The New Mexico chapter of International Alliance of Theatrical Stage Workers union called reports of nonunion employees being brought in "inexcusable." The union will vote soon on a new standards agreement that covers 60,000 film and television crew members. This deal was reached with major studios following preparations by IATSE for its first strike in 128 years.

Allen Cheney, executive producer of "Rust", stated that the six film producers had a combined experience of more than 35 years in television and film. He described "Rust as a union-certified production."

James Gunn, the filmmaker of "Guardians of the Galaxy", suggested that a slipshod culture might be partially to blame.

Gunn stated on Twitter that "Dozens of people have died or been seriously injured on movie sets due to irresponsibility and ignoring safety protocols. Improper leadership and a culture of mindless hurrying."

Serge Svetnoy was the film's gaffer. He criticized the producers for their "negligence."

Svetnoy stated in a Facebook post that "to save a dime sometimes you hire people who don't fully qualify for the complex and dangerous job."

Gary Tuers, the property master of "Tomorrow War", and "Jurassic World: Fallen Kingdom," stated that the shooting was an indictment against modern production culture. They have pursued tax credits for 30 years and found many ways (and some that weren't) of sacrificing crew safety and health in order to meet budget constraints.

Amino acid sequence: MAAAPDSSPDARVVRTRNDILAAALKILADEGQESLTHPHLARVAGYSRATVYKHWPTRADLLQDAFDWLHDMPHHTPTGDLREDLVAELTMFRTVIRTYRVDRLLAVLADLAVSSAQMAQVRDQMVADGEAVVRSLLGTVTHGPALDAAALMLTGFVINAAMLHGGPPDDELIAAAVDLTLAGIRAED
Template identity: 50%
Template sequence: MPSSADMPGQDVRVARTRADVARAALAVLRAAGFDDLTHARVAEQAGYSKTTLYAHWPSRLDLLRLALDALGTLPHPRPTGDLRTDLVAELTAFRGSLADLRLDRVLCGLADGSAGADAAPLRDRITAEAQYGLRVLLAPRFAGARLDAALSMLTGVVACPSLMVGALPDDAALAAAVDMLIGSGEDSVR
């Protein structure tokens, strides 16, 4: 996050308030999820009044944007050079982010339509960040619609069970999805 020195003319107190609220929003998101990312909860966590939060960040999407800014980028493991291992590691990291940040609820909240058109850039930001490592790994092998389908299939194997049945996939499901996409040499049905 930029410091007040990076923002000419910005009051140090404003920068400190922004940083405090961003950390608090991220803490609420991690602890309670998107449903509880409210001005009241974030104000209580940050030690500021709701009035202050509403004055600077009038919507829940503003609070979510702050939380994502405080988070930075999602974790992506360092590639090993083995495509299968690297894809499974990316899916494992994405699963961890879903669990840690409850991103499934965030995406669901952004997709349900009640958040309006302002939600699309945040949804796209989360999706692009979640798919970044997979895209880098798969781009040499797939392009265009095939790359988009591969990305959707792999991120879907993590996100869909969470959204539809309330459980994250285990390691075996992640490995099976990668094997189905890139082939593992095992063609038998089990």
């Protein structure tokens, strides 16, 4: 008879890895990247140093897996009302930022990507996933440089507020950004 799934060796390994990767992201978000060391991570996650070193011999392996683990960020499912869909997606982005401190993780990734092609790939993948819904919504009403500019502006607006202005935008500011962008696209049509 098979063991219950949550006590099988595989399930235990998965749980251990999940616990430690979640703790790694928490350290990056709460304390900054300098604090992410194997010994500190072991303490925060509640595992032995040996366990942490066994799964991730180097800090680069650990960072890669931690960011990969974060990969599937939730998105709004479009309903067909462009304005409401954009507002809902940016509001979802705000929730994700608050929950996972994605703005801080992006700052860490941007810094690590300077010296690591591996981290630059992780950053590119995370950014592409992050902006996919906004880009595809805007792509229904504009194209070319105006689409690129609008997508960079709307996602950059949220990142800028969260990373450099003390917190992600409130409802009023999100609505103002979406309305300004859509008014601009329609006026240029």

He wrote that the tragedy was "an apparent accident" on Instagram. "But it was also predictable because of the incentive structure in the modern film industry."

Many companies joined forces to finance and produce "Rust," which included Baldwin's El Dorado Pictures. Based on a story by Souza, Baldwin, the film was partially funded by Streamline Global in Las Vegas. It describes its business model as "acquiring movies that offer certain tax advantages" that could "reduce the owner’s federal income tax liability."

BondIt Media Capital is an independent film financier that also funded "Rust." This Santa Monica-based company also helped finance other male-fronted action thrillers such as "Honest Thief", Mel Gibson's" Force of Nature, and Bruce Willis’ "Hard Kill."

Before the shooting began, "Rust", the most likely destination was video on demand. Some distribution rights were presold by Baldwin's agency Creative Artists Agency. Baldwin promoted the film to buyers at the virtual Cannes movie market last year. According to The Hollywood Reporter, Baldwin said that the script reminded of "Unforgiven," a 1992 Western starring Clint Eastwood.

Section 181, a tax provision that applies to films between $2.75 million and $7.5 million, was used to make the movie. This can help investors break even before the film is released, especially in states with generous tax credits such as New Mexico. In recent years, the state has become a very popular location for productions. It has some regulations that are more stringent than California's, such as for experts in on-set weapons.

Tristano, an armorer, hasn't had to deal with crew members or producers who have cut corners on safety in his 30 year career. When safety is at stake, Tristano has never hesitated to pull his crew off a set.

Tristano stated, "Whenever there was panic on the set or the assistant director was hurrying, I would say, "OK, I'm locking my guns back in the truck." "I would say, "When you guys are ready and willing to do it right, then we'll do that." I'm open to suggestions, but you can't please me.